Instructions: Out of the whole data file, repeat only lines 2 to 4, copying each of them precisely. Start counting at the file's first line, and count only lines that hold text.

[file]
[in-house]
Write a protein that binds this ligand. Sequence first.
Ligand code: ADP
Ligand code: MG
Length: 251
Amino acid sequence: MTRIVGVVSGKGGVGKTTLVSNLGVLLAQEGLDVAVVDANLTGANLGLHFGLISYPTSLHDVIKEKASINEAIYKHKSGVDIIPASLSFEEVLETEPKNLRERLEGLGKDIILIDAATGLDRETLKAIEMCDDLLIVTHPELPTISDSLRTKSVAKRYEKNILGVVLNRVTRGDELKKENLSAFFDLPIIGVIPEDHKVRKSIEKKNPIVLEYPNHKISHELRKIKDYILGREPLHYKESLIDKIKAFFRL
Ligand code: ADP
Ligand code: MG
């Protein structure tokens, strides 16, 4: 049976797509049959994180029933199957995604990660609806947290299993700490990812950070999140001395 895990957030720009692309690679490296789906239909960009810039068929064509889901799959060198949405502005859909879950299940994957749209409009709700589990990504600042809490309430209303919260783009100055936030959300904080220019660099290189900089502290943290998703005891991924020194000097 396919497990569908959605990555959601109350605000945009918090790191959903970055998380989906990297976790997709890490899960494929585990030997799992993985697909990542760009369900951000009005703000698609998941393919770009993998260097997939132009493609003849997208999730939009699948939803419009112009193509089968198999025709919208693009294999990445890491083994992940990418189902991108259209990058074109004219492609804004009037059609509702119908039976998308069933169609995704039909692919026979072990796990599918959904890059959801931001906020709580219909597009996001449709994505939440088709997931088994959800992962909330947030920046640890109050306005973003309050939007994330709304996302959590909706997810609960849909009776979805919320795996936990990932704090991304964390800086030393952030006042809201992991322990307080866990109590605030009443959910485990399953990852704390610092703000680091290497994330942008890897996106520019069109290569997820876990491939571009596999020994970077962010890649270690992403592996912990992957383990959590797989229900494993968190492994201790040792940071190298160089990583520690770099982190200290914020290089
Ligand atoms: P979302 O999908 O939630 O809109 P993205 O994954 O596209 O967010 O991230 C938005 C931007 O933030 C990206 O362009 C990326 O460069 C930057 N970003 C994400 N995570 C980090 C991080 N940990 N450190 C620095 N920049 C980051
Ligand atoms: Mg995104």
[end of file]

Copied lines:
Write a protein that binds this ligand. Sequence first.
Ligand code: ADP
Ligand code: MG